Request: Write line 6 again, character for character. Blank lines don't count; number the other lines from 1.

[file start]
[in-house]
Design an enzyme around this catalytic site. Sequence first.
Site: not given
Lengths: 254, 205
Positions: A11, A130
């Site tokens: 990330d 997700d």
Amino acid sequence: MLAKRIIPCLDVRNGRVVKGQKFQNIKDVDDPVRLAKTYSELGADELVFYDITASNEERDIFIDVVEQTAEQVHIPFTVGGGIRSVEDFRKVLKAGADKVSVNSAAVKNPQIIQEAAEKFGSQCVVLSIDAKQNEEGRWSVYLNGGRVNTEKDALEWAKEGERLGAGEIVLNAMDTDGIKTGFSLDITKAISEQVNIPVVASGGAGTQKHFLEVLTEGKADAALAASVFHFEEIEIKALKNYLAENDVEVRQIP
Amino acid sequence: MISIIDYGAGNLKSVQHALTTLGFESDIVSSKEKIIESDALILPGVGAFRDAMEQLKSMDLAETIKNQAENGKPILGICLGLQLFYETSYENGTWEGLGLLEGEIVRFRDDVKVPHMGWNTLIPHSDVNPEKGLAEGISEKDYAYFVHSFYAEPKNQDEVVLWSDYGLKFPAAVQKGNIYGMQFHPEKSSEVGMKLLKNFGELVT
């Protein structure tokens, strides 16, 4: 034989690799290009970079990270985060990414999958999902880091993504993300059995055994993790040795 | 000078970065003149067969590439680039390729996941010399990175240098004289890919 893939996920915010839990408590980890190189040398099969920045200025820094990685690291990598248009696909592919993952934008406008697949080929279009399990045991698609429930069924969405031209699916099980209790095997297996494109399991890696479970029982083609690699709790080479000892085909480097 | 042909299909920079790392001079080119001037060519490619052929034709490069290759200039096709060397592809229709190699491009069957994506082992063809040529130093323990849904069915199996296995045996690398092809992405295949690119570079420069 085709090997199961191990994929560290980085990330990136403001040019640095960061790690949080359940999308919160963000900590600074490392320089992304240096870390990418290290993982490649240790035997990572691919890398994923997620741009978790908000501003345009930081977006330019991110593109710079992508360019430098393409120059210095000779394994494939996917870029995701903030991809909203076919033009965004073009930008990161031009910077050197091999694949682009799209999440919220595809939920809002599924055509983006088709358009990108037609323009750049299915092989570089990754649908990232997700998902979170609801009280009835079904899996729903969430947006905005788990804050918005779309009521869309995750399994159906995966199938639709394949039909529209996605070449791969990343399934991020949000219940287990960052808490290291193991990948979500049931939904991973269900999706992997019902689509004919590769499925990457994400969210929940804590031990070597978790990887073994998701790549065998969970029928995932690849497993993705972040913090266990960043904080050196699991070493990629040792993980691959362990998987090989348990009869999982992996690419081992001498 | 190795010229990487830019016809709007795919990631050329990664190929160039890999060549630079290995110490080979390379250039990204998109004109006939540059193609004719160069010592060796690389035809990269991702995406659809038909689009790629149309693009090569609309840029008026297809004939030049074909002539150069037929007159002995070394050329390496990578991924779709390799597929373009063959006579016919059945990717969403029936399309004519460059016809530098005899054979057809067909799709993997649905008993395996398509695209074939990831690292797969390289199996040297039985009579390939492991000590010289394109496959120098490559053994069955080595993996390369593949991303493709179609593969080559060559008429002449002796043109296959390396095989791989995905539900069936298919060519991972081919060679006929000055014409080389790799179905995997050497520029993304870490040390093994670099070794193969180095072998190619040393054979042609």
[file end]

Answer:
């Site tokens: 990330d 997700d």